Election 2020

Brooklyn Democratic Socialist Campaigns on More Rights for Sex Workers

An organizer for the Democratic Socialists of America (DSA), in red shirt, coaches sex workers and allies before they canvass for Julia Salazar, who is running for the Democratic primary of the 18th district seat of the New York State Senate, on Aug. 19, 2018, in Brooklyn. (AP Photo/Andres Kudacki)

More than 100 prostitutes, escorts, pornography actors and other people who willingly exchange sex, in one form or another, for money broke pizza together Aug. 1 to support the campaign of Democratic Socialist Julia Salazar for New York Senate.

Sex workers are backing Salazar because she “gets it,” as Lola Balcon, one of the organizers of the Salazar campaign pizza fundraiser, said.

“This is an issue that should be talked about in every single race. And so to be the fourth or fifth person talking about it is incredible,” Balcon also said to The Intercept.

Salazar is all about defending workers’ rights. And as far as the 27-year-old candidate to replace longtime New York Democratic Sen. Martin Dilan is concerned, whether a person is building cars in a factory or selling sex on the sidewalk, she needs to be protected from harassment and deserves decent working conditions.

Her sex-workers’-rights platform includes stopping NYPD officers from using anti-loitering laws to clear the city’s sidewalks of hookers.

“The majority of those charged live in Bushwick & East New York (our District!),” Salazar tweeted, “AND 94% are Black women.”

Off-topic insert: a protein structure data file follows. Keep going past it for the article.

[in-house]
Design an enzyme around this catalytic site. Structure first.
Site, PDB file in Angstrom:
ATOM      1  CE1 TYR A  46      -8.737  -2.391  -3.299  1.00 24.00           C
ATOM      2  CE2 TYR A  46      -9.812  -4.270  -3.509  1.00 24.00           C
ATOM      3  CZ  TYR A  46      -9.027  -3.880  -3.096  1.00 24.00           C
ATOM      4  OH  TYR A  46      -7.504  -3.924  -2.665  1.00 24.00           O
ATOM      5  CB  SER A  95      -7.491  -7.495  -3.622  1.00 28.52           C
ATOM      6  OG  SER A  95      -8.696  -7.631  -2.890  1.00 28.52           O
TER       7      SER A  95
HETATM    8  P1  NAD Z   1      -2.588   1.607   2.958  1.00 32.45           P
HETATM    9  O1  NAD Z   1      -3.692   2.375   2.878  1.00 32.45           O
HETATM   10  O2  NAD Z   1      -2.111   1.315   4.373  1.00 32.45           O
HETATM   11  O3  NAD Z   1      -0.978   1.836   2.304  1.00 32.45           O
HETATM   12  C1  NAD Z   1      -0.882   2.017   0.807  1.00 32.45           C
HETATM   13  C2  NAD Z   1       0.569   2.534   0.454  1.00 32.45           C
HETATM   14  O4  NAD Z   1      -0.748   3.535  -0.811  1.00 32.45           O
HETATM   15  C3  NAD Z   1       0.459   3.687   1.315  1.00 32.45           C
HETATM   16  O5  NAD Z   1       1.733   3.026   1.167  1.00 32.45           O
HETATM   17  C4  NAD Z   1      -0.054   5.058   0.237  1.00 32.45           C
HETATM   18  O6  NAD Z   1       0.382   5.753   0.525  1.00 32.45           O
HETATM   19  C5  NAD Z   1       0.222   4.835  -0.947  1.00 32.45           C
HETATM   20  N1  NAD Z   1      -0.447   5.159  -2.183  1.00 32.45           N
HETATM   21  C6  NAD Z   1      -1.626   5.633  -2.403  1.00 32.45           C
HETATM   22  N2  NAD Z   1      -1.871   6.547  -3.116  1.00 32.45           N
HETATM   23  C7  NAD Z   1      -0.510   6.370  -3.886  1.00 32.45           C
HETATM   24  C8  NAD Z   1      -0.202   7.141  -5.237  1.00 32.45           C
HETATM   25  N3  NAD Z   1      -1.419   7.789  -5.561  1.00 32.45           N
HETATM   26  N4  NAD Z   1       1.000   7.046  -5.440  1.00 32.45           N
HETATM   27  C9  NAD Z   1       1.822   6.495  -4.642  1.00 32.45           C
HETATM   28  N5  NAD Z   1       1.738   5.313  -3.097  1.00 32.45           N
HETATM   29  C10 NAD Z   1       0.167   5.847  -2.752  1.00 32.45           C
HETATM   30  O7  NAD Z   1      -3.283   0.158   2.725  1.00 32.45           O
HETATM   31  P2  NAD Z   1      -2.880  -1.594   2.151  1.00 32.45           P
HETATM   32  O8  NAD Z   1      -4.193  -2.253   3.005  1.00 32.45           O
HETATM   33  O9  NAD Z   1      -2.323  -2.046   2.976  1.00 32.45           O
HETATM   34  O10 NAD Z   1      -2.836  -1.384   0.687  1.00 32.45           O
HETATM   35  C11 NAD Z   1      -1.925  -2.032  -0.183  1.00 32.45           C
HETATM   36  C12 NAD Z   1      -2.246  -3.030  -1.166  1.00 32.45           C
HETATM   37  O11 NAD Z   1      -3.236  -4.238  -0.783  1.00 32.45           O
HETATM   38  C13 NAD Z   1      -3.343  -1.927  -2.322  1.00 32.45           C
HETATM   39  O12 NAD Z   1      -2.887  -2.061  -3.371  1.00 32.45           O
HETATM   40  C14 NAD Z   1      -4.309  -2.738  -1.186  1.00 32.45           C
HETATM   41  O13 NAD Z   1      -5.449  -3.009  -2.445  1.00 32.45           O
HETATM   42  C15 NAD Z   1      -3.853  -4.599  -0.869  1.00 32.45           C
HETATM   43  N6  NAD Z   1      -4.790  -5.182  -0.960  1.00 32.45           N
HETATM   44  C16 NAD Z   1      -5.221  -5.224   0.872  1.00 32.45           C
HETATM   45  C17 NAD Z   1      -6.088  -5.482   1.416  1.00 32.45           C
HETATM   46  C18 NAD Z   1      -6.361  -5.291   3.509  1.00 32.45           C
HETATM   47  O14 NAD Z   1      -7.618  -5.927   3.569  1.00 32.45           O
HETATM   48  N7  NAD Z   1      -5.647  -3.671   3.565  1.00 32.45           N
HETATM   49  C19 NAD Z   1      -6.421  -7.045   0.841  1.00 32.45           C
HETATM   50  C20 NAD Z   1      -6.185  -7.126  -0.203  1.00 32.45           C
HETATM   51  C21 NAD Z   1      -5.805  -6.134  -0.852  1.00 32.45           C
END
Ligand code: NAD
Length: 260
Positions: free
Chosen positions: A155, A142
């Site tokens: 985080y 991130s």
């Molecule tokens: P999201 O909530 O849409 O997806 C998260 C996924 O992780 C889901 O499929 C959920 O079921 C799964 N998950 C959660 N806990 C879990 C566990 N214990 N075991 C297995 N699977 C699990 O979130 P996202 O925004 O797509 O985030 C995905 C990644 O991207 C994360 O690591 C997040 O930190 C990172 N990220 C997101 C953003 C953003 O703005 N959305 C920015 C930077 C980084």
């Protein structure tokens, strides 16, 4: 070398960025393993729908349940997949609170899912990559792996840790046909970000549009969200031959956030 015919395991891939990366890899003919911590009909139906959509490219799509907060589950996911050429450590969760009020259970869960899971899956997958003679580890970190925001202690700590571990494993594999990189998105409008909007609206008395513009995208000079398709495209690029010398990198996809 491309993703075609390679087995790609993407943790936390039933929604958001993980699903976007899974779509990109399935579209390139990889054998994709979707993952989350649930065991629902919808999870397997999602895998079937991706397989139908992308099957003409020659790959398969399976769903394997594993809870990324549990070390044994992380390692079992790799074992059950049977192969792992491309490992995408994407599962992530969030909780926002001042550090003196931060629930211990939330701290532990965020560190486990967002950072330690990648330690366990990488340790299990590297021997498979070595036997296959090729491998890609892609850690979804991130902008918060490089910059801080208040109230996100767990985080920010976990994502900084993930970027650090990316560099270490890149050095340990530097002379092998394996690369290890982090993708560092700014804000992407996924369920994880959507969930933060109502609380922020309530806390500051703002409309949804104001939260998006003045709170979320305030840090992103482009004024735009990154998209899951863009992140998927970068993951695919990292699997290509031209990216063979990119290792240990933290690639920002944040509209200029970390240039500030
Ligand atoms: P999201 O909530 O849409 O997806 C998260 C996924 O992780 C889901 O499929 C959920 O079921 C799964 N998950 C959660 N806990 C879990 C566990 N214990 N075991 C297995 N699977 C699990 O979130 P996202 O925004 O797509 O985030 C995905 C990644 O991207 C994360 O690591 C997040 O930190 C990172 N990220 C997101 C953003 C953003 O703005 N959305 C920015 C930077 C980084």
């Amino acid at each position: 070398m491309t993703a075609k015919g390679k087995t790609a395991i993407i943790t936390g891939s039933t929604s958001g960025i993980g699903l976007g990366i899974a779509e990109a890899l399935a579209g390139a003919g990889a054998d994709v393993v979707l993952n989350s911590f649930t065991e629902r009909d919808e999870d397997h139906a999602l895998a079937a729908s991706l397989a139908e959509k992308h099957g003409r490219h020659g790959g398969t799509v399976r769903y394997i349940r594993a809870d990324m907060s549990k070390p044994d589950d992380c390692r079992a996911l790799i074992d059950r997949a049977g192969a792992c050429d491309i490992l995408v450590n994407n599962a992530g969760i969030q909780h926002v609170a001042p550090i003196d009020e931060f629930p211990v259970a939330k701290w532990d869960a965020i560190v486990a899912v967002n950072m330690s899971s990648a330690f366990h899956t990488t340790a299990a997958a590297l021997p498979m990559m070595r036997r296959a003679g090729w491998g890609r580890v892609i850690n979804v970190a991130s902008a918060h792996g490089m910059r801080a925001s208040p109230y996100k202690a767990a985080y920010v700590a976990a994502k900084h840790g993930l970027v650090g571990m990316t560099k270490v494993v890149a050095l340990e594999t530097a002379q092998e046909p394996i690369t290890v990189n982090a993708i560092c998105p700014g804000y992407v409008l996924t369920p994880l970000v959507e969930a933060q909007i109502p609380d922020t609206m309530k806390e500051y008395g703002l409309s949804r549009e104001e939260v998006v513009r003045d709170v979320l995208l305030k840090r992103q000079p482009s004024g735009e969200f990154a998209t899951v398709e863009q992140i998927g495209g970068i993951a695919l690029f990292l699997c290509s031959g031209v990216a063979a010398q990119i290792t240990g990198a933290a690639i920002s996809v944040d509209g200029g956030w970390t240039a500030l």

The Red Umbrella Project issued a “sex-worker led” 2014 report that also found 88 percent of those arrested in Brooklyn for prostitution faced at least three charges, if not more.

Salazar wants to stop police raids on massage parlors, work with prosecutors who charge sex workers with crimes, and help porn actors, prostitutes, escorts and others in the sex business find clean needles, housing and child care.

But Salazar’s campaign is not simply about sex workers. Her overall mission is to “stand up to the political machine in North Brooklyn,” which means Democrats like incumbent Sen. Dilan, who has been representing the district since Salazar was 11 years old.

But beyond that, Salazar sees the campaign to unseat Dilan in the New York Democratic Party’s Sept. 13 primary as one more step in the “fight for a democratic socialist society.”

“A massive affordable housing crisis is raising rents and displacing whole communities; our families are paying more and more just to put a roof over their heads and have less and less to spare for everything else,” reads a statement on Salazar’s campaign website.

“Immigrant communities and workers are under assault by the Trump administration, while millions of Americans are denied healthcare. Politicians stand by while the billionaires get richer and the working people they claim to represent struggle just to survive,” the Salazar for Senate website also proclaimed.

There is a synergy between Salazar, the daughter of Colombian immigrants, and fellow socialist Alexandria Ocasio-Cortez. Both are committed leaders of the Democratic Socialists of America and support abolishing ICE.